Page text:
Gemini Planet Imager’s First Light Image of Beta Pictoris b

Gemini Planet Imager’s first light image of Beta Pictoris b, a planet orbiting the star Beta Pictoris. The star, Beta Pictoris, is blocked in this image by a mask so its light doesn’t interfere with the light of the planet.
Creit: Processing by Christian Marois, NRC Canada

WASHINGTON — Astronomers have detected nearly 1,000 planets outside of our own solar system, but little is known about their composition. Now, the Gemini Observatory’s Planet Imager enables scientists to image exoplanets directly.

Current planet-imaging systems are only able to see gas giants about three or more times the size of Jupiter. NASA’s Kepler space telescope has detected thousands of smaller planet candidates but cannot image these directly.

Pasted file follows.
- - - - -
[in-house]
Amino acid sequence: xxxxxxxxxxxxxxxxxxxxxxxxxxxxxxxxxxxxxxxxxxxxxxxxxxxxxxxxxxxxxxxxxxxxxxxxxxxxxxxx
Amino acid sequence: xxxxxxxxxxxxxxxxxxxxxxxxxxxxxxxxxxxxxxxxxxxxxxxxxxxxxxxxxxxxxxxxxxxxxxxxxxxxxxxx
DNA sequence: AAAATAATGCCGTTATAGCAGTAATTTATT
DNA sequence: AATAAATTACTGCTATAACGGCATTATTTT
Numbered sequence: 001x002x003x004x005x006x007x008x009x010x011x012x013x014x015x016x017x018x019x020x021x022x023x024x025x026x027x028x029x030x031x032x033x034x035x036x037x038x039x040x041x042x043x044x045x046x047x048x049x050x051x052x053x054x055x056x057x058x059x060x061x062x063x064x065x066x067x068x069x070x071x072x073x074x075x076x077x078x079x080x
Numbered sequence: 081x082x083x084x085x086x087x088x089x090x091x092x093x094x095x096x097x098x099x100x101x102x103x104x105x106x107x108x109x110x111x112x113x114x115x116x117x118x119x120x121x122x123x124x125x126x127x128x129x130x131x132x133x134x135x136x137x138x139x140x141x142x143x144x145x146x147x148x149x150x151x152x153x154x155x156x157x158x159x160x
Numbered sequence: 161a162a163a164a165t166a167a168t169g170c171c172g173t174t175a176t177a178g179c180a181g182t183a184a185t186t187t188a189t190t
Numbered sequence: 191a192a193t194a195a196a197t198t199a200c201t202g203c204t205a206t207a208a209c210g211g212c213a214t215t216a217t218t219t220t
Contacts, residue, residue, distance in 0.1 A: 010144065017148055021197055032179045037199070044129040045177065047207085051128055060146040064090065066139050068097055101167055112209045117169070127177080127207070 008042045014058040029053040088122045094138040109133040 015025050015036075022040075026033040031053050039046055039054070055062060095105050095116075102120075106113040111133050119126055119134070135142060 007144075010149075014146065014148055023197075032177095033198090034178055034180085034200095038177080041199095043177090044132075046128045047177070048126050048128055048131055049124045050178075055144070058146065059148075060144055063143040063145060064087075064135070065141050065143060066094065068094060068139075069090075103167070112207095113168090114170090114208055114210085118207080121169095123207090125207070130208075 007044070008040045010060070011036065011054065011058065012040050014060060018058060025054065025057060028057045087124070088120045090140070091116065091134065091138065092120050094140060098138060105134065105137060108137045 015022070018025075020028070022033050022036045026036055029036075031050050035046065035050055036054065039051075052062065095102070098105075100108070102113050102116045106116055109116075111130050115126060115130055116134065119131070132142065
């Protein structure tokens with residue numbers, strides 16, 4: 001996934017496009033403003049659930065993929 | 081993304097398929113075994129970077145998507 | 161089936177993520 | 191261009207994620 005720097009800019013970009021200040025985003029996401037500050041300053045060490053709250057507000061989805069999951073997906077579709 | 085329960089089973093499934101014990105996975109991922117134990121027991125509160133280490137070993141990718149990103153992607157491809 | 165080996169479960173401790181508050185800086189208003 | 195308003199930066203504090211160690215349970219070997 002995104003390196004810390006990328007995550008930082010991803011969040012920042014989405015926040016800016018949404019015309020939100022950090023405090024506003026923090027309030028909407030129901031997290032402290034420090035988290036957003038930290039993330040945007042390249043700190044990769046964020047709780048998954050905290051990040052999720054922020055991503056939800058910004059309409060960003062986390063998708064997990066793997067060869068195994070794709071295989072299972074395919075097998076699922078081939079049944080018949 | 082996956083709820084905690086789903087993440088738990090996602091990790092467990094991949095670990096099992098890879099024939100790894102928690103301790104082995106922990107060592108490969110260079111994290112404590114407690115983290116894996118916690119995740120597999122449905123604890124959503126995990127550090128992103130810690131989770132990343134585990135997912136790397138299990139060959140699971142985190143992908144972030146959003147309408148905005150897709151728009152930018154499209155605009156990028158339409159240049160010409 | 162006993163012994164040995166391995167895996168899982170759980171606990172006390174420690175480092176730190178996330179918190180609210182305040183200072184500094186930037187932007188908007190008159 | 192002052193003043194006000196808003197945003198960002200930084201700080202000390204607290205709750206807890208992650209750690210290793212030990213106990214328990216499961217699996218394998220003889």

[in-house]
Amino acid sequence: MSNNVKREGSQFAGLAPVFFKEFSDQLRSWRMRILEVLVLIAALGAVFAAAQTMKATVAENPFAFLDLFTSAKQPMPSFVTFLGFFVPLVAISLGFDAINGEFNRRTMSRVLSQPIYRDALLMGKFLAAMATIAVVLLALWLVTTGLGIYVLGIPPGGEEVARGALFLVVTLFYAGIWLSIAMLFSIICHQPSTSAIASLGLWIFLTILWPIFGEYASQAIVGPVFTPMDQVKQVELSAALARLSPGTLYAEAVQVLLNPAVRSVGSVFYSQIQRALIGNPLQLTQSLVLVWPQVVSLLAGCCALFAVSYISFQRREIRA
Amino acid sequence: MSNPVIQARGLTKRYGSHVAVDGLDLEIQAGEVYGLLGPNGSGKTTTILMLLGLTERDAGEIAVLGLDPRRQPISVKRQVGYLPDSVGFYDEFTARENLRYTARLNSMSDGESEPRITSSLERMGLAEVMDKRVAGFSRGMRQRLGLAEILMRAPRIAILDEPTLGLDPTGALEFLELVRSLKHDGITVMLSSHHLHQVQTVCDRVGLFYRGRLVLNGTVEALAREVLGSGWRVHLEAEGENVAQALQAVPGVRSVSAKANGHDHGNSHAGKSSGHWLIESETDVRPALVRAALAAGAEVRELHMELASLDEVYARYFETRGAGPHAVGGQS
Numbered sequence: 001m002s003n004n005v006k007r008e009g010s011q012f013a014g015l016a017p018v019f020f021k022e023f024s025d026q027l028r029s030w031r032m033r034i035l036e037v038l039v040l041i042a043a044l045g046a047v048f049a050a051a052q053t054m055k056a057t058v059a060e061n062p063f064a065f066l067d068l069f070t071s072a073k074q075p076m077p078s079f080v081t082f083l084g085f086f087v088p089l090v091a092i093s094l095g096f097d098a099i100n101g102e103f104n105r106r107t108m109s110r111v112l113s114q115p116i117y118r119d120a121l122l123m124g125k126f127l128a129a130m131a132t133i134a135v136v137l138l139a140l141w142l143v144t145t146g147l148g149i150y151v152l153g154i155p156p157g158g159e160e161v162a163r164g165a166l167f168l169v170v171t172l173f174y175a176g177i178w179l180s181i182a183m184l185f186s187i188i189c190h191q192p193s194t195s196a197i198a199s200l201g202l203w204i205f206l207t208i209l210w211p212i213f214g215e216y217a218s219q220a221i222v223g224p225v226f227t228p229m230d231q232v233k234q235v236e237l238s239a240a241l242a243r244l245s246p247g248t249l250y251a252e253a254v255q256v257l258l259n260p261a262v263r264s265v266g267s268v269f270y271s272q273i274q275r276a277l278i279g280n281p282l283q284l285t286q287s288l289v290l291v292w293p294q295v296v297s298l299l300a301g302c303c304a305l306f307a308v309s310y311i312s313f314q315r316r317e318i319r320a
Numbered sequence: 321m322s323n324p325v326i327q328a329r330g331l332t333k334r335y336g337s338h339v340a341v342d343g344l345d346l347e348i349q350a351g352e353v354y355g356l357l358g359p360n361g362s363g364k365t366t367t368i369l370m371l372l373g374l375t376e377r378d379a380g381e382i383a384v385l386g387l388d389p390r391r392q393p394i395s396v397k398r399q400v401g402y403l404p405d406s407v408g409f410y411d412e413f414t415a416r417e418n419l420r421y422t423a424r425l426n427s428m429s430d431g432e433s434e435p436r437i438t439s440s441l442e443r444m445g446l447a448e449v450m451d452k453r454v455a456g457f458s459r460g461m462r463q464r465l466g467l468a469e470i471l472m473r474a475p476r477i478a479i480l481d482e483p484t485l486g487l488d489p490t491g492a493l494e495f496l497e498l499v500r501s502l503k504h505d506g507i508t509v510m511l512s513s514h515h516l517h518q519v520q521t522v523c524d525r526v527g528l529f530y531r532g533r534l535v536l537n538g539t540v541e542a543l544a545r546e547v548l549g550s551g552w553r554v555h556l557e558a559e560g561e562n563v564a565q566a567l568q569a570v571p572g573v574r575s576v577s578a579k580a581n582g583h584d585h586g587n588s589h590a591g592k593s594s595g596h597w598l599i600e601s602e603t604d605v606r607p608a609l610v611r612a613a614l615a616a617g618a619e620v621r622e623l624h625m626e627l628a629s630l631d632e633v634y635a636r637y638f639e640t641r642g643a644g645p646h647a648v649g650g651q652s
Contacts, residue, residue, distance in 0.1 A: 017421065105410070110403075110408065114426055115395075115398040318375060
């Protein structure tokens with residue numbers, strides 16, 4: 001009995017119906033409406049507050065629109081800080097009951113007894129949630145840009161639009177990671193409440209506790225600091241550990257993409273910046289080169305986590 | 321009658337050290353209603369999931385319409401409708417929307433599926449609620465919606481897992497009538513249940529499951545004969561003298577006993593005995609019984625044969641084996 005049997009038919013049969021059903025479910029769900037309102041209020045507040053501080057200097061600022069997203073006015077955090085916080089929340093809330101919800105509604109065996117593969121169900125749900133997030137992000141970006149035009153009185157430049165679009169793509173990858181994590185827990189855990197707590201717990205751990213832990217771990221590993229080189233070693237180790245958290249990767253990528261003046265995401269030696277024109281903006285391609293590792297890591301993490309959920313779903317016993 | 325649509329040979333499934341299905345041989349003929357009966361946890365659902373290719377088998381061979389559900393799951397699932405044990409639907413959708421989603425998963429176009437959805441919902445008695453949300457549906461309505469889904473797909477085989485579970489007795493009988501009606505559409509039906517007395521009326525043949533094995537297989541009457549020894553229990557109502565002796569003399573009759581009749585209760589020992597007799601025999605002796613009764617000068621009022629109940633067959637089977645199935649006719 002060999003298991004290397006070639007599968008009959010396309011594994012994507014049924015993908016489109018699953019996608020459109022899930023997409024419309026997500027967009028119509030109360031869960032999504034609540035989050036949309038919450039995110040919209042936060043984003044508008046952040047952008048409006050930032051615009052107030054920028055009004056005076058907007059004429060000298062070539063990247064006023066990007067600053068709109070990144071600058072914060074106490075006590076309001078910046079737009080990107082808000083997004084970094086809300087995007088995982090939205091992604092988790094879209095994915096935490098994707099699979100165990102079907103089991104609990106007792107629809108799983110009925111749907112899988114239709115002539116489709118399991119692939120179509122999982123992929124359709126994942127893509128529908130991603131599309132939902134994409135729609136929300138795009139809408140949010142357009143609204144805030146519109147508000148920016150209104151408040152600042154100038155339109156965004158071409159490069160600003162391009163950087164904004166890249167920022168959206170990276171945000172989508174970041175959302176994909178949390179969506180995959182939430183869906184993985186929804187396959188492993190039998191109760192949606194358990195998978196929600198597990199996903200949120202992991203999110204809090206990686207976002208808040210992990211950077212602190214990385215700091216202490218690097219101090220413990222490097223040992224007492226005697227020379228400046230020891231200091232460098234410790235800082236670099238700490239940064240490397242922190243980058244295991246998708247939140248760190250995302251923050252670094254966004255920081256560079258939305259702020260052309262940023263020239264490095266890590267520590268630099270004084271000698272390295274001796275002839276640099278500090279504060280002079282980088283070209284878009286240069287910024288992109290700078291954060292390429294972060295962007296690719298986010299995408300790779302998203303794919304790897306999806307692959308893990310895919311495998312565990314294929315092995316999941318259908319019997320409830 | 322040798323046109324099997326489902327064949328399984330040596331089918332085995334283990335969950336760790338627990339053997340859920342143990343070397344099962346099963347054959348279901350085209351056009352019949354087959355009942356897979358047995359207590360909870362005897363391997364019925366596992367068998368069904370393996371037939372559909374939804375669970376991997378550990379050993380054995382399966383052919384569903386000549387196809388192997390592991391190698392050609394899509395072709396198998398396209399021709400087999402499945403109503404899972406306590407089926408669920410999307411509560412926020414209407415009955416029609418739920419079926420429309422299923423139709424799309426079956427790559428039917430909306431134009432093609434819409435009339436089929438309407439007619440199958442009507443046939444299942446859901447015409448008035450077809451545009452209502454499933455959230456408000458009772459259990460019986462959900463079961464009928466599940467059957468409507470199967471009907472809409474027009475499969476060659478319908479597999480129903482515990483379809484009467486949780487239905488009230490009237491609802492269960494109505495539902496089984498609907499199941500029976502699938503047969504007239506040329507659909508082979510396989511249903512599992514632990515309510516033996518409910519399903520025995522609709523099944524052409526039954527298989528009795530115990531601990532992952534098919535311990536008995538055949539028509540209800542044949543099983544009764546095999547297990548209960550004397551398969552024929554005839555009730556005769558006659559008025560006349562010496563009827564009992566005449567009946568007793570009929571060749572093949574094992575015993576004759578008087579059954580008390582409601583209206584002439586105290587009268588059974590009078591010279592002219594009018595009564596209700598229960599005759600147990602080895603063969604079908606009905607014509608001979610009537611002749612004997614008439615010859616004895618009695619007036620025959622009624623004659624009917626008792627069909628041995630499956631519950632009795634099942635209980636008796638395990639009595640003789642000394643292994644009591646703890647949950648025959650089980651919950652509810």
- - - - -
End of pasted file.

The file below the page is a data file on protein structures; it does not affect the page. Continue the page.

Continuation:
“Almost nothing is known about the composition of the planets Kepler is seeing,” principal investigator Bruce MacIntosh, a physicist at Lawrence Livermore National Laboratory, said in a news conference here today (Jan. 7) at the 223rd meeting of the American Astronomical Society. “Direct imaging is offering a way to do that.”

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